In Kings-Hants, emphasizing local issues and candidate-framed messaging for both campaigning and fundraising were key for the local Liberal campaign. Because most voters in Kings-Hants are not dyed-in-the-wool Liberal supporters, it is prudent for a Liberal candidate to focus on the local issues rather than national campaign messaging. In Blois’s experience, it is not uncommon for someone who makes a large donation of $1,000 or more to state that they do not view themselves as a Liberal. Their willingness to donate comes from the belief that the local party candidate has prioritized issues that are of concern to them personally.

In a riding that has a large agricultural sector, Blois focused on agriculture throughout his campaign and first term in office, which included serving as a member of the House of Commons committee on agriculture and agri-food, as well as being chair of the rural Liberal caucus. Blois’s focus on agriculture resulted in some cases in large donations from individuals in the agri-business sector who might not otherwise have considered supporting the Liberal Party. The importance of a particular business sector for a local candidate’s fundraising is interesting in light of the fact that donations from businesses, corporations and unions have been banned since 2007.

At the Hants County Exhibition in Windsor, N.S., this summer, Blois speaks with a voter. Source: Kody Blois’s campaign team.

Business interests undoubtedly remain tied to some donations, though they are now from individuals rather than directly from the businesses themselves. This may raise concerns for some people, but given that donations are capped at $1,650 (as of 2021), there seems little reason to anticipate that individual donations can on their own create the conditions for undue influence.

This focus on a personalized, local approach to fundraising was largely successful for the Kings-Hants Liberal campaign. Over the campaign period, Blois raised $36,679 from 86 donors, which averaged about $426 per donation. During the same period, the campaign raised approximately $2,600 from 98 contributions through the Liberal “Victory Fund” program, highlighting the importance of large donations to the local campaign. The total amount was less than the $48,000 Blois raised in the 2019 campaign. A drop in donations is not necessarily surprising given that the Liberals lost ground in Nova Scotia in the September federal election, with the party losing two of the 10 seats it held in that province going into the campaign.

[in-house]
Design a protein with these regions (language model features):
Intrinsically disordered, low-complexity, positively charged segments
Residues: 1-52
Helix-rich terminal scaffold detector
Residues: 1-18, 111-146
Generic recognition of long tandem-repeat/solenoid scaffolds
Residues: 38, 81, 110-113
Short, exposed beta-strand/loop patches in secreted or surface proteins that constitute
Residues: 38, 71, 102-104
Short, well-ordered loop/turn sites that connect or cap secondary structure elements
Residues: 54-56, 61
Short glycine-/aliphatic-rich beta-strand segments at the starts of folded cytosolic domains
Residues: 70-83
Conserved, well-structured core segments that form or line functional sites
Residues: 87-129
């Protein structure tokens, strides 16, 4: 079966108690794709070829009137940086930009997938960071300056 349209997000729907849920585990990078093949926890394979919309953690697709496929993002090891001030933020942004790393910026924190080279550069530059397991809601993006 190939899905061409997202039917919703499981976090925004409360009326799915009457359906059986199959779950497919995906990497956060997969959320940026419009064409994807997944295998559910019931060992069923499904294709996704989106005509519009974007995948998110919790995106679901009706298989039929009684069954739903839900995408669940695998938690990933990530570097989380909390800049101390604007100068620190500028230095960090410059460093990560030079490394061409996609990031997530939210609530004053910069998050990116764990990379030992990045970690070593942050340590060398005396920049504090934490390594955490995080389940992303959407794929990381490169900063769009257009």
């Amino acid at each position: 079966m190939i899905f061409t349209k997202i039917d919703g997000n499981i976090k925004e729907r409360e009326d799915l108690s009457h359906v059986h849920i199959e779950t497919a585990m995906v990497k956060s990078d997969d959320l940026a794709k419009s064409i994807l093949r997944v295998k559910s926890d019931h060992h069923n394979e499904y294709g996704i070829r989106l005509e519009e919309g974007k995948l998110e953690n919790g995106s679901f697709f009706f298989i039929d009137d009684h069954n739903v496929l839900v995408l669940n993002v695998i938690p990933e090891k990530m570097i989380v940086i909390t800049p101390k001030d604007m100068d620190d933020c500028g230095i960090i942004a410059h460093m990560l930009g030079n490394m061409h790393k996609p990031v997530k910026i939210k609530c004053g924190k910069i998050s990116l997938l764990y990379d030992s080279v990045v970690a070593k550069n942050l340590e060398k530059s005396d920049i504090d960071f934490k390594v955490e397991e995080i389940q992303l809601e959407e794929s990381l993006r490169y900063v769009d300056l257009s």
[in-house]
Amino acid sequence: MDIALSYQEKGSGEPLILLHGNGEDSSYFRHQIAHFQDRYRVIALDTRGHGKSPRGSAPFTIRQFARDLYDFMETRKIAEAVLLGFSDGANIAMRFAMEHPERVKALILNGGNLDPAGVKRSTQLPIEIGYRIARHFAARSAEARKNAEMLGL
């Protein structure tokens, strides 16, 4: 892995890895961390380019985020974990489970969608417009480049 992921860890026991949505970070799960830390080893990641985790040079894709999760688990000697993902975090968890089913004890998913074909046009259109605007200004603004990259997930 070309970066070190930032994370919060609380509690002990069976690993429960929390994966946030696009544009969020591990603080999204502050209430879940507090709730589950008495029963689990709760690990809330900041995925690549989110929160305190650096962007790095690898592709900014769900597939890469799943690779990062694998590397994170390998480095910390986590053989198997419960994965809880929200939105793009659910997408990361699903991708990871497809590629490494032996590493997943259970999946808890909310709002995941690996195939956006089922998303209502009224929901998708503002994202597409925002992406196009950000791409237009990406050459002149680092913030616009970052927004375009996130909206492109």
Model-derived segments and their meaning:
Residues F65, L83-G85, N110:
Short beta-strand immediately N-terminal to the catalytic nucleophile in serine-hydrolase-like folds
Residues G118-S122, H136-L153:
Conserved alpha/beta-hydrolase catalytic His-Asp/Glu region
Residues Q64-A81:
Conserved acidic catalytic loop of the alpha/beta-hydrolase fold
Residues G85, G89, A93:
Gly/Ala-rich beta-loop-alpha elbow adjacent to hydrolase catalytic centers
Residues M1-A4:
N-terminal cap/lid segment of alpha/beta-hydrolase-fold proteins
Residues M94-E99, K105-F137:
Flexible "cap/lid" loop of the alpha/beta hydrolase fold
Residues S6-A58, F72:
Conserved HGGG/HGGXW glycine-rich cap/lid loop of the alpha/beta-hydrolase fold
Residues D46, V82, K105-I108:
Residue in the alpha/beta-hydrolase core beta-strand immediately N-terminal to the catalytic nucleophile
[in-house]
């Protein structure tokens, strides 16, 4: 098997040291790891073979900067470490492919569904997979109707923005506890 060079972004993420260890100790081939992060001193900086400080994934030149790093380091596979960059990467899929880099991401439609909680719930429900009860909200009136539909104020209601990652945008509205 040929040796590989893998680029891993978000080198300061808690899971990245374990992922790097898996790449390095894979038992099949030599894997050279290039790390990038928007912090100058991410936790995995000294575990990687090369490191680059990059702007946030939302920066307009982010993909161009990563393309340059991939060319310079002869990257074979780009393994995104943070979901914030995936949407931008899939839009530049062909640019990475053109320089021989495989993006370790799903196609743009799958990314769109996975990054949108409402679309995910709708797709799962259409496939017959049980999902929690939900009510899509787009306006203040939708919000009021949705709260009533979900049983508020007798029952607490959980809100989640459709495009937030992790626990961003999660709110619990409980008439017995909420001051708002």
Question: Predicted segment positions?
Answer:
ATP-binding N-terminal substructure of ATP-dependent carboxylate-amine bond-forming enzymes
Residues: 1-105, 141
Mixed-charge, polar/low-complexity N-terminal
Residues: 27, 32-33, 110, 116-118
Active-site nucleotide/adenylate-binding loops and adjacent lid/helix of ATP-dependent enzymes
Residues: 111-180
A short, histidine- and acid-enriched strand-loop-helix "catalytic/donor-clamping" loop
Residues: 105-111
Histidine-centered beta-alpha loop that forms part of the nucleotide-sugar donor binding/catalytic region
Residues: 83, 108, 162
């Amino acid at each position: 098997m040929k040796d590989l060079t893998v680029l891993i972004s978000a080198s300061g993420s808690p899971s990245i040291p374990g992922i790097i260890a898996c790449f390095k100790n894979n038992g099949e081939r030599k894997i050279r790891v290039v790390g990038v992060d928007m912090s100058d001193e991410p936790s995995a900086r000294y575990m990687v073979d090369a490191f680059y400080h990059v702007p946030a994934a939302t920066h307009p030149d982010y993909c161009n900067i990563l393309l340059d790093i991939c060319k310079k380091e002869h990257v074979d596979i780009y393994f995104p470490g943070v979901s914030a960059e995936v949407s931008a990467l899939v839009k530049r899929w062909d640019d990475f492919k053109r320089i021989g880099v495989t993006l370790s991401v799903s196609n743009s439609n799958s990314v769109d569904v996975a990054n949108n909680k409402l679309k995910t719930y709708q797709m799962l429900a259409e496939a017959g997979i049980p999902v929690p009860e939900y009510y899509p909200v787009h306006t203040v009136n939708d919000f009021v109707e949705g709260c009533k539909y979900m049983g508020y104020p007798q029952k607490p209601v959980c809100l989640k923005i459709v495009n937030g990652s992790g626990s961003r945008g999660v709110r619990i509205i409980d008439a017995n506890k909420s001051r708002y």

Kody Blois at the Hants County Exhibition in Windsor, N.S., this summer with participants in the youth pole and barrel rodeo races. Source: Kody Blois’s campaign team.

However, in Kings-Hants, the Liberal vote share ultimately increased and Blois was re-elected. The lower fundraising tally may be explained by two additional factors: COVID-19 and the provincial election. The pandemic has deeply affected people across Canada, and the food and beverage industry has faced significant economic challenges. For Blois, this meant recognizing that some small business owners who donated in 2019 were not well-positioned to make a similar contribution in 2021. So, he made the choice to not reach out to them for a donation. Second, with the N.S. and federal elections running back-to-back, there were some supporters to the Liberal Kings-Hants campaign who donated smaller amounts than they had previously because they had already made a sizeable donation during the provincial election.

In a riding such as Kings-Hants that does not fit the mould of a Liberal stronghold, the importance of local issues and candidate engagement is paramount. The intensity of local riding issues may not be felt as strongly in other ridings across the country, which undoubtedly impacts how a candidate may choose to raise funds and campaign. For the Liberal Party, which has found its strength in rural ridings weaken dramatically over the last few decades, a focus on local issues may very well be the determining factor between a win or loss in a riding such as Kings-Hants. These differences in local conditions are an important reminder that the riding and candidate are crucial for understanding Canadian elections, as well as the real challenges in studying both.

This article is abridged from a book that UBC Press plans to publish in 2022. It is part of the Inside the Constituency-Level Election Campaign special feature series. 

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Erin Crandall
Erin Crandall is an associate professor in the department of politics at Acadia University. Her research focuses on Canadian politics, law and election policy. She has published in the Canadian Journal of Political Science, Canadian Public Administration, and the Canadian Journal of Law and Society, among others. X: @ErinLCrandall